Your Legal Guide Through Life’s Twists And Turns

Remaining positive helps kids adjust to shared custody

| Mar 26, 2019 | Child Custody and Visitation

One of the biggest challenges for many divorced co-parents who are sharing custody of their children is maintaining a positive attitude about your kids’ time with their other parent. However, that’s crucial to helping them adjust to spending time with the parents separately and across two homes. No matter how you feel about your co-parent, it’s essential to your children’s well-being to encourage a good relationship with them.

One way to ease your children’s anxiety about the custody arrangement is to have a clear schedule and to stick to it. It’s often helpful for both parents to print out a copy of the schedule and have it in both houses where kids can see it. You may want to let them have a role in decorating the schedule or adding their own artwork to it. If you have older kids with their own electronic devices, you may want to let them have access to their schedule online. This can help them as they plan their extracurricular and social activities.

Encourage your kids to express their joy and anticipation about seeing their other parent. They should also feel free to tell you about the things they do while they’re with their other parent. If they’re afraid that doing so will only make you hurt and angry, they won’t. That means you’ll be missing out on a significant portion of your kids’ lives.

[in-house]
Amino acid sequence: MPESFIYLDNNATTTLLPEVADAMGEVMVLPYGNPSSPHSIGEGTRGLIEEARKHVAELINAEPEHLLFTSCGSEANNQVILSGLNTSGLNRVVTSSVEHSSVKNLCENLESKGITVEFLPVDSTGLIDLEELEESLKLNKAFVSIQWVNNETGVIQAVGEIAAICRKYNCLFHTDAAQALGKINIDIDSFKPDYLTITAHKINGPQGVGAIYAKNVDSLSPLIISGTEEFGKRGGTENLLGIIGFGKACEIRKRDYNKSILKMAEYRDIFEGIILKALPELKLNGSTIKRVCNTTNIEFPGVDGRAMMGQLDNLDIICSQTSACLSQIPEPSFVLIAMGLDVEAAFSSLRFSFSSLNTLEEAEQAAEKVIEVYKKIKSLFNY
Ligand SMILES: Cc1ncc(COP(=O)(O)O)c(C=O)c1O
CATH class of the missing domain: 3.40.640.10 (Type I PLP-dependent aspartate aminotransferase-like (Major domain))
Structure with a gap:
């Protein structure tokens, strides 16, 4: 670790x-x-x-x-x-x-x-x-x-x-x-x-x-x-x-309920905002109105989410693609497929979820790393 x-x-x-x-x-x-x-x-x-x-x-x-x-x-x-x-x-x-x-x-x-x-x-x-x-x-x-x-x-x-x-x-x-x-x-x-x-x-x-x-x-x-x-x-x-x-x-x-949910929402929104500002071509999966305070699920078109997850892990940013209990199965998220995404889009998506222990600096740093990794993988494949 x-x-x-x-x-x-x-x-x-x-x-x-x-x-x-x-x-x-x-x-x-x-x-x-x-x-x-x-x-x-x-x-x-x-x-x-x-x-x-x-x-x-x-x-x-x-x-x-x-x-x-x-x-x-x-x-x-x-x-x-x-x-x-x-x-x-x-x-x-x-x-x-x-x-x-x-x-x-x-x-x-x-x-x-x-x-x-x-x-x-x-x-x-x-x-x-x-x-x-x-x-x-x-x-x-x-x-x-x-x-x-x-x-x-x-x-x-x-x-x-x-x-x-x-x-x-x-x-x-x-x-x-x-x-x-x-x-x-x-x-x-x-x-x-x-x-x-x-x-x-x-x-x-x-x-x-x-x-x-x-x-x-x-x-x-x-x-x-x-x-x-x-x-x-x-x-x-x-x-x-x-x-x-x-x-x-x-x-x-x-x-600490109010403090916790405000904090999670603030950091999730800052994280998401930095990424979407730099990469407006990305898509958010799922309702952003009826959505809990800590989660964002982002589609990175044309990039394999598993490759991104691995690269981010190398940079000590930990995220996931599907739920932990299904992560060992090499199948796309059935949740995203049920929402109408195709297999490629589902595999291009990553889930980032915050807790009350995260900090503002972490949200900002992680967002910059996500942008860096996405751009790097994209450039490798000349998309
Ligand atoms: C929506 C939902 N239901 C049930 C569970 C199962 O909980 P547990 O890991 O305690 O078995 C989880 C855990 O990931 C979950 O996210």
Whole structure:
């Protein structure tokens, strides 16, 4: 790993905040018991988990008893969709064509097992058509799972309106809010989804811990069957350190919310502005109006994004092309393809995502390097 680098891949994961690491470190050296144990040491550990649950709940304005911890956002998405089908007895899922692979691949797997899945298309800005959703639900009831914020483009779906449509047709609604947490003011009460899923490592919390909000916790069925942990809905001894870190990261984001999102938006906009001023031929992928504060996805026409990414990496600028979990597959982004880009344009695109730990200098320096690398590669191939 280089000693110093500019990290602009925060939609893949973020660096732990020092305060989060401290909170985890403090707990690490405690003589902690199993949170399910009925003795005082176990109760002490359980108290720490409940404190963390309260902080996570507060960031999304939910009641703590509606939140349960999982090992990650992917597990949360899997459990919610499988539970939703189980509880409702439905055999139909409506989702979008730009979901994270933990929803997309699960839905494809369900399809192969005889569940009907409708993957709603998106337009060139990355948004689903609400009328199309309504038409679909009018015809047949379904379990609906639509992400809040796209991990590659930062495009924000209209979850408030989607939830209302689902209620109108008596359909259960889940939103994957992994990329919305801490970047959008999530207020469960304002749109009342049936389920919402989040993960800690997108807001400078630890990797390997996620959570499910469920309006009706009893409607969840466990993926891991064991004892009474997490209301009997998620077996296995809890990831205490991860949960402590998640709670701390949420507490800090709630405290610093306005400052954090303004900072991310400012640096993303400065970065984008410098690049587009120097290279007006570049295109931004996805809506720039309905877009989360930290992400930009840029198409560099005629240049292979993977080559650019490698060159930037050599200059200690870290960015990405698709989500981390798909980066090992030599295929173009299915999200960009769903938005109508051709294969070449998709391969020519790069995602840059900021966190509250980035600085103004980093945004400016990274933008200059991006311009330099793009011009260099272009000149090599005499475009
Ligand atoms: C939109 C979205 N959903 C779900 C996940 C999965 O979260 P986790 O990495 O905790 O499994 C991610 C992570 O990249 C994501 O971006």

Parents should also encourage contact outside of the designated custody or visitation time. Kids should be allowed to call, text and video chat with the parent they aren’t with at the moment. If something happens in their life — good or bad — that they don’t want to wait to tell their other parent about, they should feel free to contact them.

Having a parenting plan in place that adds detail to your custody and visitation schedule can help minimize confusion and conflict as your kids move between homes. Your family law attorney can help you as you negotiate a schedule and parenting plan with your co-parent that focuses on your children’s well-being.


FindLaw Network